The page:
My sister was born in April of the year after they were married and a nursemaid was employed to look after her during the busy summer season. This was one advantage of ‘living over the shop’, for Mummy could pop upstairs to the flat to feed the baby and play with her at less busy moments. She always made sure she put her to bed and read her stories every night. My sister remembers the hotel much more than I do. She used to go to the children’s parties that were held and made friends with some of the children.

The nursemaid’s name was Violet and she had a little boy. Unusually for those days, she and her partner were not married – I suppose one of them was waiting for a divorce, because the day came for their wedding. Afterwards, she showed my parents the photos, including one of the little boy clutching a poster saying “Happy Wedding Day, Mummy and Daddy”. This lack of embarrassment was unusual in the late 40s!

My father drove a motor bike and one day my mother had a go. She always said that co-ordination wasn’t her strong point – she had never been able to play a wind instrument, as she couldn’t move her fingers and breathe in as well as out, all at the same time! So it was decided that she shouldn’t be let loose on the road, but have a go in the ballroom. She was given careful instruction on how to twist the handlebars to control the speed. She shot straight into a large pile of chairs at the far end of the room…safer in her car, it was decided.

My father’s father did not have good health by this time. As soon as Malcolm and Jane got married, he signed over all his possessions to Malcolm, to save death duties. He had to live for seven years to escape them. The dearest wish of his son and daughter-in-law was to sell the hotel and move back home to Oulton Broad to look after him. He used, they found later, to check with his solicitor how long he had to hang on, to save his son’s inheritance. He did live that long, indeed, and a few weeks later he died of a heart attack. My mother remembered Malcolm receiving the phone call and his silence afterwards. He put on a black tie in mourning, and never wore a coloured one again.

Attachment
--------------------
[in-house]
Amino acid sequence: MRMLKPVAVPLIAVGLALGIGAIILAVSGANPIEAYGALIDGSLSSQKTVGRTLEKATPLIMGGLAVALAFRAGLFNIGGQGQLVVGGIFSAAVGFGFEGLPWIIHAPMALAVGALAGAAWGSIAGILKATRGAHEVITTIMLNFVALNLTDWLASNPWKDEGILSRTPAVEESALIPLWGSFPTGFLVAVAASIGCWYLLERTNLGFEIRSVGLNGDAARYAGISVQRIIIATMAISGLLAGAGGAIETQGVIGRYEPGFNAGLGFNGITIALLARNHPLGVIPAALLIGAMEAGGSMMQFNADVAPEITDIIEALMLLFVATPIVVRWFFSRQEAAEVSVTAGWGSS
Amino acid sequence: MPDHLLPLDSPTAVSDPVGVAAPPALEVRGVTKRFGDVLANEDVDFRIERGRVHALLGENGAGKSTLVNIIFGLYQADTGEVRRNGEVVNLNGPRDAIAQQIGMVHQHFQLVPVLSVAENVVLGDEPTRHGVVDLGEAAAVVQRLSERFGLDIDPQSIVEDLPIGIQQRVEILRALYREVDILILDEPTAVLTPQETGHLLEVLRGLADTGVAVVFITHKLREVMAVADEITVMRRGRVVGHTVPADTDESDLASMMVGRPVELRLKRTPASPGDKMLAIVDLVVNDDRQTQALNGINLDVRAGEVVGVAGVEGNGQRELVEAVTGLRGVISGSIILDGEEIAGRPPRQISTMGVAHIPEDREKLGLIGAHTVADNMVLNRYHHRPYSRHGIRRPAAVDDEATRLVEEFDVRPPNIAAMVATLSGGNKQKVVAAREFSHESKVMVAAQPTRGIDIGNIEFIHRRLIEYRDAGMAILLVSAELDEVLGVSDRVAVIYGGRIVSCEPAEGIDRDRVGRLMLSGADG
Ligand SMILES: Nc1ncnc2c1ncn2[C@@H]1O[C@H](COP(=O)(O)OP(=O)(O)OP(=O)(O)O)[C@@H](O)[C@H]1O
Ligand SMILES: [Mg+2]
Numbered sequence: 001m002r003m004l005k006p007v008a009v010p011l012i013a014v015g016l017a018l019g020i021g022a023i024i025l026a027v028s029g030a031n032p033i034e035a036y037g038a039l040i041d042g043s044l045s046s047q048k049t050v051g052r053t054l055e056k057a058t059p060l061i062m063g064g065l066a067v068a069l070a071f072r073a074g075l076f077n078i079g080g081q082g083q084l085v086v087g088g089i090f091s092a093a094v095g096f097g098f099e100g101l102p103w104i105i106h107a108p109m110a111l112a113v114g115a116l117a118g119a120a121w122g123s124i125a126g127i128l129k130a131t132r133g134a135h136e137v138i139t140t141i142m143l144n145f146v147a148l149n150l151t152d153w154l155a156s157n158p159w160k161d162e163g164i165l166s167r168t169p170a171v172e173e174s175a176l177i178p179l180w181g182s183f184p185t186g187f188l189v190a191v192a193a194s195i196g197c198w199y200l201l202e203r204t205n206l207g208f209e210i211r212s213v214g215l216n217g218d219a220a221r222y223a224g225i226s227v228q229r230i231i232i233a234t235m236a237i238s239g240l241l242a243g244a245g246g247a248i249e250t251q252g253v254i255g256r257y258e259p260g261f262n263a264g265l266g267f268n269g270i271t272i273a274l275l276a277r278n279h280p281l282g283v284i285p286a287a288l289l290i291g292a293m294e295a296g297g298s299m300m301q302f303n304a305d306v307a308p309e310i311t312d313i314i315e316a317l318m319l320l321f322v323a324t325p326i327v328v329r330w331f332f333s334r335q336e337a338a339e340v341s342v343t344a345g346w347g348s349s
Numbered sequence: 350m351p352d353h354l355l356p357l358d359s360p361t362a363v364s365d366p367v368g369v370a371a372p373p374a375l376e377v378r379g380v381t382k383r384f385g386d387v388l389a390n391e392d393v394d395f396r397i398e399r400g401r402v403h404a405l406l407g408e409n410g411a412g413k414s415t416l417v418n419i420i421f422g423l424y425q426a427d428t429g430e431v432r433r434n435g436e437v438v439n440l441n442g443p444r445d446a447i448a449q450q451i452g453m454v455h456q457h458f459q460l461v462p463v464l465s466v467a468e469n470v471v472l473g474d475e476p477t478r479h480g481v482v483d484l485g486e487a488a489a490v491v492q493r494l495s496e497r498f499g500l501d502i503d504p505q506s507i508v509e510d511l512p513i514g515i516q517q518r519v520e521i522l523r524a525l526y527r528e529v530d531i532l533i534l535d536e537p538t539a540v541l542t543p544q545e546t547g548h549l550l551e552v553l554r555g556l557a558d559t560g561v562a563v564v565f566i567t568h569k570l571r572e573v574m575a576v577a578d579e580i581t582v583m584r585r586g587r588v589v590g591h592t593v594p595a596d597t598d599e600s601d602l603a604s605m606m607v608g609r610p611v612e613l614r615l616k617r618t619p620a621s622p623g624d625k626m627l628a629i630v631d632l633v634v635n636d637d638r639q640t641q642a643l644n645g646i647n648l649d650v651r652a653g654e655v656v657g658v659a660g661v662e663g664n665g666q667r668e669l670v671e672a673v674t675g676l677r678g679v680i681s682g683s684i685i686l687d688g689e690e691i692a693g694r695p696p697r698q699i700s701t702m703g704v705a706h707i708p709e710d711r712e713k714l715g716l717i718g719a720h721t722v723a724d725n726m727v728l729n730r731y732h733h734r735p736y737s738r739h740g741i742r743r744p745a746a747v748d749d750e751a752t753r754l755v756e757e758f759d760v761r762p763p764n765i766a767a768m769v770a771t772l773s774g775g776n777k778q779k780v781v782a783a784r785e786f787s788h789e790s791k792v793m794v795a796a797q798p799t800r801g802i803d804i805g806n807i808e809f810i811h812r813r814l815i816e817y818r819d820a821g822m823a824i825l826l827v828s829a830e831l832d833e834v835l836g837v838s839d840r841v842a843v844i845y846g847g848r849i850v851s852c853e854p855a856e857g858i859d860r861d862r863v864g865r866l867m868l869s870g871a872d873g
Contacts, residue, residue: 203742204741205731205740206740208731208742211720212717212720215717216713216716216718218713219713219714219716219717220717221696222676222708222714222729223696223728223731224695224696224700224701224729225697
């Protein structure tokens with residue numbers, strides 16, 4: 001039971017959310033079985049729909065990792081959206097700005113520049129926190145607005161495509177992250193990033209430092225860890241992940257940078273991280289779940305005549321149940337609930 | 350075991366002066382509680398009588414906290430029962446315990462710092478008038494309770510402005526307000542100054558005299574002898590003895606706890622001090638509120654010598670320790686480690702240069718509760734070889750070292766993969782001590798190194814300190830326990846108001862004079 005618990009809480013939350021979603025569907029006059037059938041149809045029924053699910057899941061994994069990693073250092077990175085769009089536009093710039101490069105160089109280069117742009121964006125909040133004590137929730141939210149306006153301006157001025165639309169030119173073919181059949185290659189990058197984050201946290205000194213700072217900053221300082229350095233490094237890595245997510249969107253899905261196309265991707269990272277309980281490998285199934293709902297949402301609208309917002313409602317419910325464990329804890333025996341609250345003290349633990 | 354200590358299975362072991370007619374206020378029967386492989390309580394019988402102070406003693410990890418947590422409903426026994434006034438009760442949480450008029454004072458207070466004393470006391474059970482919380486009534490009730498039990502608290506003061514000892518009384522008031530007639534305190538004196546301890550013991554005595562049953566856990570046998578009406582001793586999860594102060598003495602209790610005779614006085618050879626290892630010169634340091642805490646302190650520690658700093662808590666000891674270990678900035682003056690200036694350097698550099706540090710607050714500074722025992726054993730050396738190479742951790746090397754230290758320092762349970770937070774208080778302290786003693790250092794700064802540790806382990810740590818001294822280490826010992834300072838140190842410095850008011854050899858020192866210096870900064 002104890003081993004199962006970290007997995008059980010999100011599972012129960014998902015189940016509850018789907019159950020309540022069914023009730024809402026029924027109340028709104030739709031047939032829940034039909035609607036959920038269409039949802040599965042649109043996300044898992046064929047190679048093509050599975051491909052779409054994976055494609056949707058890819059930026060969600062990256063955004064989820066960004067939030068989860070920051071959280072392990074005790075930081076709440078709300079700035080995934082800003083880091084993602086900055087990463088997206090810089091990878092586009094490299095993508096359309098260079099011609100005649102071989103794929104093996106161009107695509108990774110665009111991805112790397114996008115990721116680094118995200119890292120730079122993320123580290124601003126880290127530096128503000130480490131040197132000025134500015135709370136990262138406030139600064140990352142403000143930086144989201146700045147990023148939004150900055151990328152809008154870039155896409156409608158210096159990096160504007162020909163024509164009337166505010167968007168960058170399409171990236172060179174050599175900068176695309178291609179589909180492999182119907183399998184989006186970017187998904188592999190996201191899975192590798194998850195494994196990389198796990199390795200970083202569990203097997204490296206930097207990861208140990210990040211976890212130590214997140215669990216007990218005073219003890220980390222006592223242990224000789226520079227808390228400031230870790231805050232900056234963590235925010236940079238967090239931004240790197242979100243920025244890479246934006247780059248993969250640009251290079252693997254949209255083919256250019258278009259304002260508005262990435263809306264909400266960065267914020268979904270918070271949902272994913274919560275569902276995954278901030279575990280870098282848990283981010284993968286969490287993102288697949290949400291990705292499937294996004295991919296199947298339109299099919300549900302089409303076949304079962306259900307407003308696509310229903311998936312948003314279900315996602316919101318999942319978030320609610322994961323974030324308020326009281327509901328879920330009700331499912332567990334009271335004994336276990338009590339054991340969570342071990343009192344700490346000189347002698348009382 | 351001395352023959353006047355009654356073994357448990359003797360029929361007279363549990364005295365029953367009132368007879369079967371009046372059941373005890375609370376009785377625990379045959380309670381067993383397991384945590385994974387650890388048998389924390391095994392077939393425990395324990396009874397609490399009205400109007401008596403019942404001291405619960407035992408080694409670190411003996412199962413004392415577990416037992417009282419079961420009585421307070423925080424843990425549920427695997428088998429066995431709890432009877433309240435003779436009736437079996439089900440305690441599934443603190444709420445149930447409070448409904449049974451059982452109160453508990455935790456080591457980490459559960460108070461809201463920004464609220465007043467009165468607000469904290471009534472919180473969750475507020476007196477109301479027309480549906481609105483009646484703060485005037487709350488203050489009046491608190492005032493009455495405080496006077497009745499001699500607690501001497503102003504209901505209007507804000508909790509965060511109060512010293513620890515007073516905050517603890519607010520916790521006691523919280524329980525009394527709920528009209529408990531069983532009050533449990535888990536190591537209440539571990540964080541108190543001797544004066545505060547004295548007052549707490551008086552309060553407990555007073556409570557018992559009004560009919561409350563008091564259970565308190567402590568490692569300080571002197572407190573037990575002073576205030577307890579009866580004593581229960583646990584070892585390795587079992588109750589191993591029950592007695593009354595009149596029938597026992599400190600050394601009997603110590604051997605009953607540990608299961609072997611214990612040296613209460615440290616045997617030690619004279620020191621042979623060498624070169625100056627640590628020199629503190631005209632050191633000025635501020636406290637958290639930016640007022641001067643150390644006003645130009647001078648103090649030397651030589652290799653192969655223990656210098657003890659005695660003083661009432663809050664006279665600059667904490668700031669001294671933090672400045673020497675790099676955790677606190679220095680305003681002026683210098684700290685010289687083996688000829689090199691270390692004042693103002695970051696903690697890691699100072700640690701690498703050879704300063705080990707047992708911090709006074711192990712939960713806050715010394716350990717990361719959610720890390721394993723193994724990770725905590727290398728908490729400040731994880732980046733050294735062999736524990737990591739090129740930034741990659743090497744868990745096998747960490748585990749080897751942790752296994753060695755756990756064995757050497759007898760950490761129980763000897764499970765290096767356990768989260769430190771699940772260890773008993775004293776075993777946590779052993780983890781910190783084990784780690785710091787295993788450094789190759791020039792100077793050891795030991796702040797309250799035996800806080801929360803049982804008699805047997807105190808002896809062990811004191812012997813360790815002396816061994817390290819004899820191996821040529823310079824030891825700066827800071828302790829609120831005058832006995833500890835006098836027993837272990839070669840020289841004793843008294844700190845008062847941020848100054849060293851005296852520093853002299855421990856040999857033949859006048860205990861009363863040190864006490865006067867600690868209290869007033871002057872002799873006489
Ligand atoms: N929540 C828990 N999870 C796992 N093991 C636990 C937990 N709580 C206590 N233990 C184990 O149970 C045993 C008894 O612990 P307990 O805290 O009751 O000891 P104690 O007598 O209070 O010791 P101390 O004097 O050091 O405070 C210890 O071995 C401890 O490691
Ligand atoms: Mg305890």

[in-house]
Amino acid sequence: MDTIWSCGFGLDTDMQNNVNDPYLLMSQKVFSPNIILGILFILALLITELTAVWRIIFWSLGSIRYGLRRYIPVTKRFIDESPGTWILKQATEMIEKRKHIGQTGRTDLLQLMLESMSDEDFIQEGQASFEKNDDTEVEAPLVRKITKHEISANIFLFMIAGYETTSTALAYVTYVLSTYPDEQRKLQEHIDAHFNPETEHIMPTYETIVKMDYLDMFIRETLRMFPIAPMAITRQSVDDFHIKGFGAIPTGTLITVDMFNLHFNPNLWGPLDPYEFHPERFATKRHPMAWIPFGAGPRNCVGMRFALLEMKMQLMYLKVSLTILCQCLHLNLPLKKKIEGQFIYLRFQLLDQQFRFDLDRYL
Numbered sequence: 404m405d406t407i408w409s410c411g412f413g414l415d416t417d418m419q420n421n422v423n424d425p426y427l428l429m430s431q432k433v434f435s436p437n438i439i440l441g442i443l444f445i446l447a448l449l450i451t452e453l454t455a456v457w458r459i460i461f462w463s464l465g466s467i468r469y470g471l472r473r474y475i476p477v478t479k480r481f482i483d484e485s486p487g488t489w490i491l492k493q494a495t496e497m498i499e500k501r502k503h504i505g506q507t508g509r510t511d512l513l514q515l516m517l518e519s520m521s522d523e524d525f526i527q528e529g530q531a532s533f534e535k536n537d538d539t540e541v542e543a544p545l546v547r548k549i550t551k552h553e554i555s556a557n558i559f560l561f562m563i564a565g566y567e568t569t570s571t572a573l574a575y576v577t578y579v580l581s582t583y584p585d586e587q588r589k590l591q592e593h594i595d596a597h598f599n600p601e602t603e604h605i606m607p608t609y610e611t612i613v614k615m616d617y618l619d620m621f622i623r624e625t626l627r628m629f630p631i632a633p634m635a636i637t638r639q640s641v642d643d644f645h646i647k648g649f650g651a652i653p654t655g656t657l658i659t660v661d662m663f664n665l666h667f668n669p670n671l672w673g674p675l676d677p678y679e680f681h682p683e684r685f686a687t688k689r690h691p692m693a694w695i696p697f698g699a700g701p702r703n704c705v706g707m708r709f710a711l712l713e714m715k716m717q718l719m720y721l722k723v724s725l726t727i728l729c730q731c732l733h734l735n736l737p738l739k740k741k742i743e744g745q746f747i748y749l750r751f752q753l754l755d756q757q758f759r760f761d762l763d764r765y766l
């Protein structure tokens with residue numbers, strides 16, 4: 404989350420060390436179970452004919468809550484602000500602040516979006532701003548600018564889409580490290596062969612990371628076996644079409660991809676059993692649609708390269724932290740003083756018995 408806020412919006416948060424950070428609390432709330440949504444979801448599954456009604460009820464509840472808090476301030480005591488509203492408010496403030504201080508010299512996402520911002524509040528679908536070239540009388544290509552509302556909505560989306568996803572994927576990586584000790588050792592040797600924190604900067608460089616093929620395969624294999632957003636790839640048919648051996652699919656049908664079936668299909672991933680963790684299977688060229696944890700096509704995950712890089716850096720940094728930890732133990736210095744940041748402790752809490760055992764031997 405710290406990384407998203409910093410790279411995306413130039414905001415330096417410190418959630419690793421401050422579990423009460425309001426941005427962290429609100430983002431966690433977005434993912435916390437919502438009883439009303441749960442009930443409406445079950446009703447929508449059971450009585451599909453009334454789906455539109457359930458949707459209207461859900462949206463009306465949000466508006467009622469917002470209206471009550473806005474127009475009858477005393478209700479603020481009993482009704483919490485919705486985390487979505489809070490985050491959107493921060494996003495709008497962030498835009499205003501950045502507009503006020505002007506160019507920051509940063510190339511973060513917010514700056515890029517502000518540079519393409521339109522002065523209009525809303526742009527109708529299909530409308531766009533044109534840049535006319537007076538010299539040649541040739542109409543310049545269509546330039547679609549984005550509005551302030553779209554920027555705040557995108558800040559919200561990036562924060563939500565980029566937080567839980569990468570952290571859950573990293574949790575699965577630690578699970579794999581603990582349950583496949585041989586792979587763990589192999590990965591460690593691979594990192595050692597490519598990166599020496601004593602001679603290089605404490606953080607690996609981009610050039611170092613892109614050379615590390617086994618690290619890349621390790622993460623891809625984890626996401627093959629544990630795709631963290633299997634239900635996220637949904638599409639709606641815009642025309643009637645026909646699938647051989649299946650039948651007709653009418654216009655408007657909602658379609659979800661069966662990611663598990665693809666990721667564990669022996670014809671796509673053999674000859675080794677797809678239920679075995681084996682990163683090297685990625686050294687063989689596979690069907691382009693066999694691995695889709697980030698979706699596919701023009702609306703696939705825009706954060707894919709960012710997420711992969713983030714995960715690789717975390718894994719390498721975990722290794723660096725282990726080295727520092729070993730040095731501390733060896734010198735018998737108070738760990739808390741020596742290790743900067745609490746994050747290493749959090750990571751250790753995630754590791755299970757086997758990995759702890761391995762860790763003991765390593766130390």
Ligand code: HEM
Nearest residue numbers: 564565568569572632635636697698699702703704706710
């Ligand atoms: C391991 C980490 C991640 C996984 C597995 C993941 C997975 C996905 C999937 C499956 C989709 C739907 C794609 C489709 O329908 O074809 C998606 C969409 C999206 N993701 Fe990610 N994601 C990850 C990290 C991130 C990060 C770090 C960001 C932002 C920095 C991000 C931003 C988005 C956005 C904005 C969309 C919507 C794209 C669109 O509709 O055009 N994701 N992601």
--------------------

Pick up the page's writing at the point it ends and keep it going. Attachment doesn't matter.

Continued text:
I was born in 1953. I missed the Coronation, but I was present at the celebrations, although I couldn’t see a thing, which was a bit frustrating. My father’s cousin was married to the Lord Mayor of London and they were invited to a couple of grand dinners. My mother hired an evening gown – I’m sure that she told me it cost £25 to hire, which is incredible for 1953. Whatever must it have been like? She was one of these people who doesn’t change shape in pregnancy and never needed maternity clothes. She was, in fact, sick through both her pregnancies, constantly, and ended up a lot thinner after the birth than she had been before she’d been pregnant. This had no effect on the babies, my sister weighed 8.5 pounds and I was a stalwart 9 pounder, and long with it. The midwife confidently predicted I’d grow up to be a 6-footer. It didn’t happen. I didn’t quite make 5 foot 3…

When I was born, their marriage was going through a bit of a difficult patch. I think they had been working too hard for too long, with few holidays and no money for most of the time. They had been so poor that, for example, they could not afford toothpaste and cleaned their teeth with salt. My mother did buy furniture at local auctions – Victorian furniture was deeply unpopular at the time, and she used to put down £5 a week for flowers, pick the flowers from the gardens and save the money. Neither of them drew a salary. My mother adored me and said that I’d meant everything to her at that time.

It was temporary – not her love, the marital blip – and in any case, there was at last some interest in the hotel. Fred P0nt1n, who was starting up his chain of holiday camps, came to have a look round and made an offer. He suggested, instead of paying the full price, giving part of it in shares in his company, but my parents, seeing his overweight and wheezy frame, decided it wasn’t a good bet and declined. P0nt1ns went from strength to strength and Fred himself outlived my father – not the luckiest decision, financially speaking, that they ever made. In fact, neither was the deal. Seaside holidays were taking off in the mid-fifties and they received other, better offers for the hotel. Not that my father would contemplate them – he’d shaken hands and a gentleman’s word was his bond.